Cherise Lefevre Kitchen Backsplashes December 11, 2017 15:26:39
When you ve decided on the scope of your unique backsplash project it s time to get creative and start thinking about materials. While it s certainly possible to create a unique and eye-catching backsplash design with traditional materials like ceramic tile or stone in styles like mosaic or subway you may want to explore more out-of-the-box styles for your kitchen. For example many homeowners have begun repurposing common materials for their backsplashes—things like bottle caps coasters used gift cards and even pennies can be used to create a truly unique and visually stunning backsplash in your kitchen. Obviously any backsplash that you assemble on your own from these types of found materials will require a significant investment of DIY time as well as some know-how when it comes to the required materials. But if you re contemplating an eye-catching design that incorporates an array of items like these you can also find great resources online with step-by-step instructions on how to create the unique backsplash in your imagination.
When you ve got the scope figured out it s time to source materials for your small kitchen backsplash. Your local home improvement or tile specialty store is your friend here and you can also browse countless backsplash material options online. You ll need to decide on the right style for the material as well—most backsplash materials are available in a wide range of colors textures and patterns. For a small kitchen design consider a backsplash that adds personality color and visual interest without overwhelming the small space or making it feel exceedingly cramped.
Copper backsplashes have become more common in recent years offering a long-lasting visually appealing choice for anyone looking to install or update a kitchen backsplash. These have the added benefit of evolving over time—as the copper is exposed to air and moisture its color will deepen and change often lending a beautiful worn and weathered look to the backsplash.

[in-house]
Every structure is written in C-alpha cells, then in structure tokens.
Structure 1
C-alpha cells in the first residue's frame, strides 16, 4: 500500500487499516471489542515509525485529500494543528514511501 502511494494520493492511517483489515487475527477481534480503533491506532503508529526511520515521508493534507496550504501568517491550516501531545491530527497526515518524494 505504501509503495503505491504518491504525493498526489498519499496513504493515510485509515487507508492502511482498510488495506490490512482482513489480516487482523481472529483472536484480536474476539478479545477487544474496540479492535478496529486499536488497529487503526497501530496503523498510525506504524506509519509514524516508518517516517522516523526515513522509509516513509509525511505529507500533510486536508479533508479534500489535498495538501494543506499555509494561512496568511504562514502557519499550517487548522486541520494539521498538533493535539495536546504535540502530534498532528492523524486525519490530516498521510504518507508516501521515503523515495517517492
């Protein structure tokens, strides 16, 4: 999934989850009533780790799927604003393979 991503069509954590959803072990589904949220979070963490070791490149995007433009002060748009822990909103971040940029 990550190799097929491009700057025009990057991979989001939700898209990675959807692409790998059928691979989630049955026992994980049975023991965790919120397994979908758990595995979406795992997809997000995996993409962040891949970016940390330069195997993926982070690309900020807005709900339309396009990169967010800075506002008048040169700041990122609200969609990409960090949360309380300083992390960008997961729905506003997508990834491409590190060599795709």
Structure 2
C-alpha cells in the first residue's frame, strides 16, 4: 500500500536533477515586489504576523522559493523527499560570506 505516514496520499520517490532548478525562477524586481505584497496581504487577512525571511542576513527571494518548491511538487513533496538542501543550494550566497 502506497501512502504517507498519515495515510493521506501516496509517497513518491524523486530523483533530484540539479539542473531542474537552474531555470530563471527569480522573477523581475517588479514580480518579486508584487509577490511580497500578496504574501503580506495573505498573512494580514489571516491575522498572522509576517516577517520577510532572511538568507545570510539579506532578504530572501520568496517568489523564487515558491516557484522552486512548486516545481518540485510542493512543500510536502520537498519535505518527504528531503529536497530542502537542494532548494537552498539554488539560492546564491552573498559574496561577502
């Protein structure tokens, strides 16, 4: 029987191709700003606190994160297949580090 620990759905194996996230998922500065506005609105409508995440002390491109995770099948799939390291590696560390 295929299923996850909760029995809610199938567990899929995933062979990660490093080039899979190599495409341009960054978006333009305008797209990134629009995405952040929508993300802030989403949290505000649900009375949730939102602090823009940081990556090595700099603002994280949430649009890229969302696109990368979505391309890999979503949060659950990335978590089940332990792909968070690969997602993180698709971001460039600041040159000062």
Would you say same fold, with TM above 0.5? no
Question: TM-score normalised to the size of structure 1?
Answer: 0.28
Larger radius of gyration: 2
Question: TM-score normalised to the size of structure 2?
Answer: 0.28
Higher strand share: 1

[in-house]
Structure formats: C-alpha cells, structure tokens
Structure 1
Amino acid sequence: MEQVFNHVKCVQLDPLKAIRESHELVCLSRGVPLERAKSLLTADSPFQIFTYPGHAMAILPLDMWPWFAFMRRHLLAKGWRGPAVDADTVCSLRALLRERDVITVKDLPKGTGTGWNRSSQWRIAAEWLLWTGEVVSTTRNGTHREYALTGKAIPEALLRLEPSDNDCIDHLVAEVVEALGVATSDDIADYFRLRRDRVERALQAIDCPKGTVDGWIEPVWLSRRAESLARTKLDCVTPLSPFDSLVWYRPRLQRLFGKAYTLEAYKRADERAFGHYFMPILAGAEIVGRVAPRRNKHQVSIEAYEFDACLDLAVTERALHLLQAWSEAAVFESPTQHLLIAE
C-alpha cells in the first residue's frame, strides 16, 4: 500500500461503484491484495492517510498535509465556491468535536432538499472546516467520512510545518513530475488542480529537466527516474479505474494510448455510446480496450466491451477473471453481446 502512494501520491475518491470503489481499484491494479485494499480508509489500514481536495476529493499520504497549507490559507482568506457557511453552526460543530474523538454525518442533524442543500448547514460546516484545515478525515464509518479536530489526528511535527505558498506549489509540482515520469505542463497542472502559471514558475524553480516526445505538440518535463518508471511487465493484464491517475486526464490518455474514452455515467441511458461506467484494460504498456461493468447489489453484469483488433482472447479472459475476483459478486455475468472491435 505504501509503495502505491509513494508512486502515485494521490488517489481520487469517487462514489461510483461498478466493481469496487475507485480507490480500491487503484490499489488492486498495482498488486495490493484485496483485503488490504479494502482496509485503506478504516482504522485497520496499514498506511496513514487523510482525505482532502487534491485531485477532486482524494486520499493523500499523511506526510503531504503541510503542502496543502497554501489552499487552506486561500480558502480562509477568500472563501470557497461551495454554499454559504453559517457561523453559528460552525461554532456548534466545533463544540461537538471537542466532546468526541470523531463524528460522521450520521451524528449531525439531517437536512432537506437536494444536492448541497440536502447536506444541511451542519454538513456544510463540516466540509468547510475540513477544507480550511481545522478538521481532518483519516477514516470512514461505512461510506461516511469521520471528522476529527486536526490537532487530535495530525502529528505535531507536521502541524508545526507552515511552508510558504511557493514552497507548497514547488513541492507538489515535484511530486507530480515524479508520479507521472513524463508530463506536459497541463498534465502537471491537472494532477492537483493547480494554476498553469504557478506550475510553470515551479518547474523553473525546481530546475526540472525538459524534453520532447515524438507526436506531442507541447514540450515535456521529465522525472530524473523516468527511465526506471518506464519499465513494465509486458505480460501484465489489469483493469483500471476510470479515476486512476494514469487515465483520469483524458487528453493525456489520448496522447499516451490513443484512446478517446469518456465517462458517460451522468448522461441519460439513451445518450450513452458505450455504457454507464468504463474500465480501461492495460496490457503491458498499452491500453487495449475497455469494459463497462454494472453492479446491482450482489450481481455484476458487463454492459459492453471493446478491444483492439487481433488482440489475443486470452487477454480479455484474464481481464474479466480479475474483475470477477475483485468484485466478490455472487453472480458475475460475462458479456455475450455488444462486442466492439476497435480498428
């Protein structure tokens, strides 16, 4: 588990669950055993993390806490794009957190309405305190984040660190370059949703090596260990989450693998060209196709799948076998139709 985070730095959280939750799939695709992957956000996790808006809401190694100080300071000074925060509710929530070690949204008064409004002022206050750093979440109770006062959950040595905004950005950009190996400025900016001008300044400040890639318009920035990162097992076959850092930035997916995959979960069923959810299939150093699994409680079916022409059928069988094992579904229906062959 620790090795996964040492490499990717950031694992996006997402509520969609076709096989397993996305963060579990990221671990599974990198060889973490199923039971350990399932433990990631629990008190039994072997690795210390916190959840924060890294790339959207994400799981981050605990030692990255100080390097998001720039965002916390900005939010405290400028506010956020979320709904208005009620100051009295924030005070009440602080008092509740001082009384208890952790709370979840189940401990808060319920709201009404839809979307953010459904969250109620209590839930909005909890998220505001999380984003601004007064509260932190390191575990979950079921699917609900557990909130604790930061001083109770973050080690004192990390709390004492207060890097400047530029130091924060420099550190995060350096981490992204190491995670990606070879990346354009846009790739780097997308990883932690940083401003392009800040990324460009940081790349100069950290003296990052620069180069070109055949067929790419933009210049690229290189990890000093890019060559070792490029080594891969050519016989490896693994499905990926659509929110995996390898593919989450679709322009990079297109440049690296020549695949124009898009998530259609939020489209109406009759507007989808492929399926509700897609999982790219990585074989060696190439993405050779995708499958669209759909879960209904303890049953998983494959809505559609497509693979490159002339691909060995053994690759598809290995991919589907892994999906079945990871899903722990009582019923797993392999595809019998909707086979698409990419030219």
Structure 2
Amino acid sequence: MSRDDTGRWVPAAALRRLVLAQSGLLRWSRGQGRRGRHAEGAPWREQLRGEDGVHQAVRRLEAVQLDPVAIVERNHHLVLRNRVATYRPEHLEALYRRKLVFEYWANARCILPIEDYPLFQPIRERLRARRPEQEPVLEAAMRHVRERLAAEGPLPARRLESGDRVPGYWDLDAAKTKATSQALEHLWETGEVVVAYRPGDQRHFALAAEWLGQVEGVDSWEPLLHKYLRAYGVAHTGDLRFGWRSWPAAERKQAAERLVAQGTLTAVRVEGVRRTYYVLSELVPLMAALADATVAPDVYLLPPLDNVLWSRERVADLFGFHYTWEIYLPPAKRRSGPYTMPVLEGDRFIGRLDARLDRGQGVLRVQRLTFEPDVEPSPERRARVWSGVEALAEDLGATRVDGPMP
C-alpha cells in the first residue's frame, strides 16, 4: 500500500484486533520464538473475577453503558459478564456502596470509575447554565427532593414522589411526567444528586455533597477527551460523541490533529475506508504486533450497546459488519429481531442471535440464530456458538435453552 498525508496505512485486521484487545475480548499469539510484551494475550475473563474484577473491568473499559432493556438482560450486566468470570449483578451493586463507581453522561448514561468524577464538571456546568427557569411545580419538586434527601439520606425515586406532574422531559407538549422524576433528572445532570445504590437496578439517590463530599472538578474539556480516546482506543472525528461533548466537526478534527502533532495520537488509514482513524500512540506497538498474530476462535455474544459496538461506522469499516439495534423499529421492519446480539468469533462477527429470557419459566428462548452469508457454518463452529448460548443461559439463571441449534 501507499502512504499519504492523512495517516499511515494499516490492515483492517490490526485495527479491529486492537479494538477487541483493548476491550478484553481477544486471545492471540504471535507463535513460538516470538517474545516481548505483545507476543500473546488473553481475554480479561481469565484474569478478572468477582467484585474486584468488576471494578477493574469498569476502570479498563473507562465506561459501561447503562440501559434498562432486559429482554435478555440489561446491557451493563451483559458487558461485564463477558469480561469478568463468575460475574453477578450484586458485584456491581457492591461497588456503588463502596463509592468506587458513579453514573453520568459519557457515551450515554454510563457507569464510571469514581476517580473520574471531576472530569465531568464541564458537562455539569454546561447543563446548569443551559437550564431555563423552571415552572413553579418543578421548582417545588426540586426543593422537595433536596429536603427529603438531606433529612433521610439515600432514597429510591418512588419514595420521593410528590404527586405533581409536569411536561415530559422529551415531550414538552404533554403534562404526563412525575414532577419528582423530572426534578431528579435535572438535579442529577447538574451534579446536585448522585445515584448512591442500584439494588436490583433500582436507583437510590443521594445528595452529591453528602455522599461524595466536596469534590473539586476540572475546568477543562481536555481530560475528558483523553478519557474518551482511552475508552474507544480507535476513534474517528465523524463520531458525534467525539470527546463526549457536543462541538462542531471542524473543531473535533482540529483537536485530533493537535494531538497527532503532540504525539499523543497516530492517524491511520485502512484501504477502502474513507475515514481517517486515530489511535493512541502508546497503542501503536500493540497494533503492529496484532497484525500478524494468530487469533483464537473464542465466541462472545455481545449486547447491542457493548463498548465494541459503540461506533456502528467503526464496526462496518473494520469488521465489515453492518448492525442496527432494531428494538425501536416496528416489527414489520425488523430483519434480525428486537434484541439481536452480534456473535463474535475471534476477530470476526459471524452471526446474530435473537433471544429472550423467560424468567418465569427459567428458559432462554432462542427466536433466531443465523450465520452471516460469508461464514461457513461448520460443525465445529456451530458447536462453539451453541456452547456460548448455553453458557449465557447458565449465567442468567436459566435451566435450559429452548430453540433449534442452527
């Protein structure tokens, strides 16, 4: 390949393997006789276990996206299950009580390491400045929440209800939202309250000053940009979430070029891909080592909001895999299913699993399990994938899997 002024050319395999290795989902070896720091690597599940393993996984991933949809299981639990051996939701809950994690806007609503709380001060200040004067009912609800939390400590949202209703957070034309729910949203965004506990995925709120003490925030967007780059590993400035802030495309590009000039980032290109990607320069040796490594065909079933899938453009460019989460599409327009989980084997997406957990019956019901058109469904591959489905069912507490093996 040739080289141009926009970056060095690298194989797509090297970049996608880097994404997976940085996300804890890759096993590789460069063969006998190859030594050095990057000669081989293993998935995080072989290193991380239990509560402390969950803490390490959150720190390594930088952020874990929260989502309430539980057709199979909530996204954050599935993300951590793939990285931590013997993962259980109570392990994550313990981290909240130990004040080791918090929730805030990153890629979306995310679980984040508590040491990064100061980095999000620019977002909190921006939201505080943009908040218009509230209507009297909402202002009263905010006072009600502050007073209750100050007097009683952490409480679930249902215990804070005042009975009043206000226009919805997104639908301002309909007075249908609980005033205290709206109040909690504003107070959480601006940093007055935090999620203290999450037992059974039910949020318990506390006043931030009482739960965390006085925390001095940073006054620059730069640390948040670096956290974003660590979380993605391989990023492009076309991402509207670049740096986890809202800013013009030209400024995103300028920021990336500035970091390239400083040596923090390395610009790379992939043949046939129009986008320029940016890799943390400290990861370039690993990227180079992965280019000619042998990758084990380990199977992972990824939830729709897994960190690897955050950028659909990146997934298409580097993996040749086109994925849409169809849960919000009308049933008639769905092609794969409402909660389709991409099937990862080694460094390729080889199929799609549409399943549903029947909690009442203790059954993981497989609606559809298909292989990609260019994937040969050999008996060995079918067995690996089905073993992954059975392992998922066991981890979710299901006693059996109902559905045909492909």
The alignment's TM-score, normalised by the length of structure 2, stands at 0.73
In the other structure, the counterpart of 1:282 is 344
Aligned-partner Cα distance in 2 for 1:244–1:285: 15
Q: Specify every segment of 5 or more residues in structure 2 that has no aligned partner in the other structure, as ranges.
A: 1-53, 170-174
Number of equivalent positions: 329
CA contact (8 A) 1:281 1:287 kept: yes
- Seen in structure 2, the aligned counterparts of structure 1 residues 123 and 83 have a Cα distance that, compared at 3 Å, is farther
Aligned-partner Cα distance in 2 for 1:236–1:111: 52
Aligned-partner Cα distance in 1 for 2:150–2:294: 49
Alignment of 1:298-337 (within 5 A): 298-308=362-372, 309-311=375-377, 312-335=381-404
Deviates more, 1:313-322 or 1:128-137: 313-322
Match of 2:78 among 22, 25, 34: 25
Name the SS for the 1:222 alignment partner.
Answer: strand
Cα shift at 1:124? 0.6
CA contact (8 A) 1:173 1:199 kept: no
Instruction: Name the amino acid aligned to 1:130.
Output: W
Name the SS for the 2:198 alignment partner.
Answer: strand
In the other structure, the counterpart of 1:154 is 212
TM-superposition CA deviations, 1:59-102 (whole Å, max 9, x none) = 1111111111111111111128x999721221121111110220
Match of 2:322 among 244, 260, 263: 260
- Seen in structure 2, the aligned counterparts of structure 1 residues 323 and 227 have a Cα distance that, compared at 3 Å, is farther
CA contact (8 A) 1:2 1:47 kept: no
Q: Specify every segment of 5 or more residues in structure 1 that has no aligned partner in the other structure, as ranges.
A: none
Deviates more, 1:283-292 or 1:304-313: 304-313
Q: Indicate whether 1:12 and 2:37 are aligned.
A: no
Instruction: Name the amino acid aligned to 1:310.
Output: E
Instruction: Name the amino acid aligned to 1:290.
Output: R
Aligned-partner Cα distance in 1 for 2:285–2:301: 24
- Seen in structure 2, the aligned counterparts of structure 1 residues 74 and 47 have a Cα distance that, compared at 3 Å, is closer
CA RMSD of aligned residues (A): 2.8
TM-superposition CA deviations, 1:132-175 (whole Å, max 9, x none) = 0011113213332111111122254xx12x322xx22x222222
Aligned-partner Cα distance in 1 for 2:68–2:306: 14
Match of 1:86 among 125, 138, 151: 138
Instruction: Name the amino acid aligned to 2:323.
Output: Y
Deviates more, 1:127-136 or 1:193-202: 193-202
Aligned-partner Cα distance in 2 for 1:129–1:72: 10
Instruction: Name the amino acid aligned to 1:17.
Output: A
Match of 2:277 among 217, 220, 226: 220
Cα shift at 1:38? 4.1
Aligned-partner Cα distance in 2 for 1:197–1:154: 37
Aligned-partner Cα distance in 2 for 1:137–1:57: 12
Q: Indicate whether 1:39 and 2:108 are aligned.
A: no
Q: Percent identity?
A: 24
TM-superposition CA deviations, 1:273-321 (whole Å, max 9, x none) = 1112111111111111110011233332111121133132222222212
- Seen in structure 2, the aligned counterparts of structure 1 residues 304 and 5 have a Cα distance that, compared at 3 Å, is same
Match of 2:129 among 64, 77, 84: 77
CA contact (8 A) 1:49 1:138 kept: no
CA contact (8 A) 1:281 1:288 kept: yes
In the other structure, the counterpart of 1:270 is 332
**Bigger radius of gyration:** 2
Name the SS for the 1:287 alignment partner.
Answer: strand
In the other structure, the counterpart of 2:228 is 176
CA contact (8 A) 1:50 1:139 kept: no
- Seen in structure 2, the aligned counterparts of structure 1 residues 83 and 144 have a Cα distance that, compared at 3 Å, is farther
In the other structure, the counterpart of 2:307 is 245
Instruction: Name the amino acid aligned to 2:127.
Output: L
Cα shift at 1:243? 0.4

When you ve determined the style you want and purchased the material it s time to install your new kitchen backsplash. One of the benefits of a small kitchen is that the surface area you ll need to cover with your backsplash is likely not that large—so a self-install may be possible particularly if you re handy and/or working with self-adhesive backsplash materials that don t require extensive cutting and configuring. If you re not thrilled by the idea of installing your own backsplash or if you lack home improvement chops a professional installation may be in order. It ll be more expensive than a self-install by a large margin but you ll be freeing up your time and giving yourself the knowledge that an expert is in charge of the installation.
Once you ve settled on the scope of your backsplash project it s time to think about materials. Budget will definitely be a consideration if you re looking to keep this project fairly economical—and luckily there are many options for backsplash materials that are priced to move. Ceramic tile one of the most popular options is also one of the cheapest. It s so widely available and comes in so many different styles colors and textures that you ll likely have no trouble finding the option that s right for your kitchen design and budget. Additionally ceramic tile is available in several pricing tiers each of which corresponds to an ascending level of quality. Glass tile can also be an option for an inexpensive backsplash. Similarly to ceramic tile it s available in a vast array of colors styles and textures and it can also be found in various pricing tiers. At the higher end of the backsplash tile pricing spectrum are natural materials like granite or travertine. These are significantly more expensive than ceramic or glass in general so if you re attempting to stay on budget it may be challenging to find these within your price range.
One of the first decisions related to your kitchen backsplash design will be scope—just how much backsplash do you need? For some kitchens especially smaller ones a few tiles extending up from the countertops and ringing the room can be plenty; anything more extensive might run the risk of overwhelming the space. For larger kitchens countertop-to-ceiling backsplashes aren t entirely uncommon as grander executions like this can optimize the use of available space and create a dramatic effect or build on an existing theme.